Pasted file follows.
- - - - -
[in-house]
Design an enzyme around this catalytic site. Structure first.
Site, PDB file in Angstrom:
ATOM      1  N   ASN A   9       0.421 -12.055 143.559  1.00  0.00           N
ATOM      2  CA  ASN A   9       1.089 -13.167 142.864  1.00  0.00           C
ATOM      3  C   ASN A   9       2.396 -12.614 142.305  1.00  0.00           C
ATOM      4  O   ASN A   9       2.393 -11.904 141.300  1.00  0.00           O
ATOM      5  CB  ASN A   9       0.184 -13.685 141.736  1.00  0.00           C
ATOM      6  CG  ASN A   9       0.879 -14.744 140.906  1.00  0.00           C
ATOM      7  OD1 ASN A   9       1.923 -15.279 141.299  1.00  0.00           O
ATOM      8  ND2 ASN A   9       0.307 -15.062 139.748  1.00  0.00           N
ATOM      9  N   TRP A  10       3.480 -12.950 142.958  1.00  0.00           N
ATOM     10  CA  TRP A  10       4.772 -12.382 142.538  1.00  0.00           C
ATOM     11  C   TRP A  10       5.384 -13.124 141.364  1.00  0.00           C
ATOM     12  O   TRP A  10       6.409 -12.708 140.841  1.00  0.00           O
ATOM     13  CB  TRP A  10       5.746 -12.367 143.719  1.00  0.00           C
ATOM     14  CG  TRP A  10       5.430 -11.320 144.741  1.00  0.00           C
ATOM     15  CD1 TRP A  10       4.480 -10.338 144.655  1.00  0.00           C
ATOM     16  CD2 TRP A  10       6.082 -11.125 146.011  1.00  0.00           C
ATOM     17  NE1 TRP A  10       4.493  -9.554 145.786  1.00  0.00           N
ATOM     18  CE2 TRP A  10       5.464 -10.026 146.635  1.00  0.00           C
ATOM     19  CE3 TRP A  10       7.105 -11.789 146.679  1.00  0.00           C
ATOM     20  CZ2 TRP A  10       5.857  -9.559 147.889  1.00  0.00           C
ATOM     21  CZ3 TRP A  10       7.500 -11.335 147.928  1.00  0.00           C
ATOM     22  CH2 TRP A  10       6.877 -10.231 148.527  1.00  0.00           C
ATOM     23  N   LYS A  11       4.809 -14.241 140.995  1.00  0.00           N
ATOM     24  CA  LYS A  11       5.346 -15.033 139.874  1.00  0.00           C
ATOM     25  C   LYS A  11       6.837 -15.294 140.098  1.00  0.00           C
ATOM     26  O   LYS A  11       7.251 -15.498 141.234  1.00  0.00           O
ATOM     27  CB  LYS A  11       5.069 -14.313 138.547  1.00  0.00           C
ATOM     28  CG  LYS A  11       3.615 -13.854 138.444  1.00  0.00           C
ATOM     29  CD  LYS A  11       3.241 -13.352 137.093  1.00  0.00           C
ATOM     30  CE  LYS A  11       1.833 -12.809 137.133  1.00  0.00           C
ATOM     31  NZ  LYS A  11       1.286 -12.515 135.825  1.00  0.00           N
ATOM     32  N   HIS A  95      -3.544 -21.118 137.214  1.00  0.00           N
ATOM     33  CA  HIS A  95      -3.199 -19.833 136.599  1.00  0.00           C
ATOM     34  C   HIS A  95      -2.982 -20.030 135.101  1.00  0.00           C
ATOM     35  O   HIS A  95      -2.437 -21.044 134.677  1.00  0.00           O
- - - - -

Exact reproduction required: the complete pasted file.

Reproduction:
[in-house]
Design an enzyme around this catalytic site. Structure first.
Site, PDB file in Angstrom:
ATOM      1  N   ASN A   9       0.421 -12.055 143.559  1.00  0.00           N
ATOM      2  CA  ASN A   9       1.089 -13.167 142.864  1.00  0.00           C
ATOM      3  C   ASN A   9       2.396 -12.614 142.305  1.00  0.00           C
ATOM      4  O   ASN A   9       2.393 -11.904 141.300  1.00  0.00           O
ATOM      5  CB  ASN A   9       0.184 -13.685 141.736  1.00  0.00           C
ATOM      6  CG  ASN A   9       0.879 -14.744 140.906  1.00  0.00           C
ATOM      7  OD1 ASN A   9       1.923 -15.279 141.299  1.00  0.00           O
ATOM      8  ND2 ASN A   9       0.307 -15.062 139.748  1.00  0.00           N
ATOM      9  N   TRP A  10       3.480 -12.950 142.958  1.00  0.00           N
ATOM     10  CA  TRP A  10       4.772 -12.382 142.538  1.00  0.00           C
ATOM     11  C   TRP A  10       5.384 -13.124 141.364  1.00  0.00           C
ATOM     12  O   TRP A  10       6.409 -12.708 140.841  1.00  0.00           O
ATOM     13  CB  TRP A  10       5.746 -12.367 143.719  1.00  0.00           C
ATOM     14  CG  TRP A  10       5.430 -11.320 144.741  1.00  0.00           C
ATOM     15  CD1 TRP A  10       4.480 -10.338 144.655  1.00  0.00           C
ATOM     16  CD2 TRP A  10       6.082 -11.125 146.011  1.00  0.00           C
ATOM     17  NE1 TRP A  10       4.493  -9.554 145.786  1.00  0.00           N
ATOM     18  CE2 TRP A  10       5.464 -10.026 146.635  1.00  0.00           C
ATOM     19  CE3 TRP A  10       7.105 -11.789 146.679  1.00  0.00           C
ATOM     20  CZ2 TRP A  10       5.857  -9.559 147.889  1.00  0.00           C
ATOM     21  CZ3 TRP A  10       7.500 -11.335 147.928  1.00  0.00           C
ATOM     22  CH2 TRP A  10       6.877 -10.231 148.527  1.00  0.00           C
ATOM     23  N   LYS A  11       4.809 -14.241 140.995  1.00  0.00           N
ATOM     24  CA  LYS A  11       5.346 -15.033 139.874  1.00  0.00           C
ATOM     25  C   LYS A  11       6.837 -15.294 140.098  1.00  0.00           C
ATOM     26  O   LYS A  11       7.251 -15.498 141.234  1.00  0.00           O
ATOM     27  CB  LYS A  11       5.069 -14.313 138.547  1.00  0.00           C
ATOM     28  CG  LYS A  11       3.615 -13.854 138.444  1.00  0.00           C
ATOM     29  CD  LYS A  11       3.241 -13.352 137.093  1.00  0.00           C
ATOM     30  CE  LYS A  11       1.833 -12.809 137.133  1.00  0.00           C
ATOM     31  NZ  LYS A  11       1.286 -12.515 135.825  1.00  0.00           N
ATOM     32  N   HIS A  95      -3.544 -21.118 137.214  1.00  0.00           N
ATOM     33  CA  HIS A  95      -3.199 -19.833 136.599  1.00  0.00           C
ATOM     34  C   HIS A  95      -2.982 -20.030 135.101  1.00  0.00           C
ATOM     35  O   HIS A  95      -2.437 -21.044 134.677  1.00  0.00           O